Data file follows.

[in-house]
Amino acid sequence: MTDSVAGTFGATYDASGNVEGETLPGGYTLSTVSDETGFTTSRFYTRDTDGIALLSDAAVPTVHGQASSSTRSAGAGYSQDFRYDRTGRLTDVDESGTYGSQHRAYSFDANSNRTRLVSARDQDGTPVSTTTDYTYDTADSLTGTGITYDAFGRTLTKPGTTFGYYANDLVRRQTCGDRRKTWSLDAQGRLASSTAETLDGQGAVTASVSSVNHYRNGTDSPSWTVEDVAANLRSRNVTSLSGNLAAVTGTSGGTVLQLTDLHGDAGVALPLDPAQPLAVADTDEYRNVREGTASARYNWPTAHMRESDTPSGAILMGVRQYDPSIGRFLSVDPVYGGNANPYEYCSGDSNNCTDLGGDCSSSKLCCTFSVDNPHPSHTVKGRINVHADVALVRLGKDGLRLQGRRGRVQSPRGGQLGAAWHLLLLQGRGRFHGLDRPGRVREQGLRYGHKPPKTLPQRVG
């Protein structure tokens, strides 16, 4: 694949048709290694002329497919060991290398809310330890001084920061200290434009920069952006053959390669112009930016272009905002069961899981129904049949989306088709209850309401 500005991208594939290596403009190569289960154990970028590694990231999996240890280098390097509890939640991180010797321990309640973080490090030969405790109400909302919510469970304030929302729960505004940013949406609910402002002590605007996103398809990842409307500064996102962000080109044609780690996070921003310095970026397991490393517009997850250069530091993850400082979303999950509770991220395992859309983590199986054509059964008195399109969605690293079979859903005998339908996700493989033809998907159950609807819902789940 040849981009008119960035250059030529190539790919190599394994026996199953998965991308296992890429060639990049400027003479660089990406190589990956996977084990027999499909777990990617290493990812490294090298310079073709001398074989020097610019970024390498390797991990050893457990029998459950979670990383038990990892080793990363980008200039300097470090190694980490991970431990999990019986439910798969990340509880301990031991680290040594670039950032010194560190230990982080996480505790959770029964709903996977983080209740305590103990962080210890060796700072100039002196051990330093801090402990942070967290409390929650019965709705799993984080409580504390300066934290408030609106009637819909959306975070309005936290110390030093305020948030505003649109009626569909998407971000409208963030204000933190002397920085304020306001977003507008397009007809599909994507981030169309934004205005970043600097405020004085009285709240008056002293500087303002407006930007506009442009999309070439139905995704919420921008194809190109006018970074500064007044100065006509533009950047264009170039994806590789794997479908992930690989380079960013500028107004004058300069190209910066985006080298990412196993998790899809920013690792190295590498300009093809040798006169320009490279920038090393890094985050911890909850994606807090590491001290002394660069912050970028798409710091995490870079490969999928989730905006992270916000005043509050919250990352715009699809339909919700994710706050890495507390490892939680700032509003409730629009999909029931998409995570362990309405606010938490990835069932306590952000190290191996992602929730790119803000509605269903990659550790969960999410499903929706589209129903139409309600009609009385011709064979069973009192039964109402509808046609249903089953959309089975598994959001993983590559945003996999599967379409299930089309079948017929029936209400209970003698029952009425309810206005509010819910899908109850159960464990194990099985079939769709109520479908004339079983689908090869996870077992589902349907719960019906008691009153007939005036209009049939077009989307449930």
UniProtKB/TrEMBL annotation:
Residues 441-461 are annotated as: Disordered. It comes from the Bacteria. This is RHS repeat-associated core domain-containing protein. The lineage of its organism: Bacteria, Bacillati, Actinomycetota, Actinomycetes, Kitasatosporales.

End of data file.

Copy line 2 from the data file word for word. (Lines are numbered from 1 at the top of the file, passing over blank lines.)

Amino acid sequence: MTDSVAGTFGATYDASGNVEGETLPGGYTLSTVSDETGFTTSRFYTRDTDGIALLSDAAVPTVHGQASSSTRSAGAGYSQDFRYDRTGRLTDVDESGTYGSQHRAYSFDANSNRTRLVSARDQDGTPVSTTTDYTYDTADSLTGTGITYDAFGRTLTKPGTTFGYYANDLVRRQTCGDRRKTWSLDAQGRLASSTAETLDGQGAVTASVSSVNHYRNGTDSPSWTVEDVAANLRSRNVTSLSGNLAAVTGTSGGTVLQLTDLHGDAGVALPLDPAQPLAVADTDEYRNVREGTASARYNWPTAHMRESDTPSGAILMGVRQYDPSIGRFLSVDPVYGGNANPYEYCSGDSNNCTDLGGDCSSSKLCCTFSVDNPHPSHTVKGRINVHADVALVRLGKDGLRLQGRRGRVQSPRGGQLGAAWHLLLLQGRGRFHGLDRPGRVREQGLRYGHKPPKTLPQRVG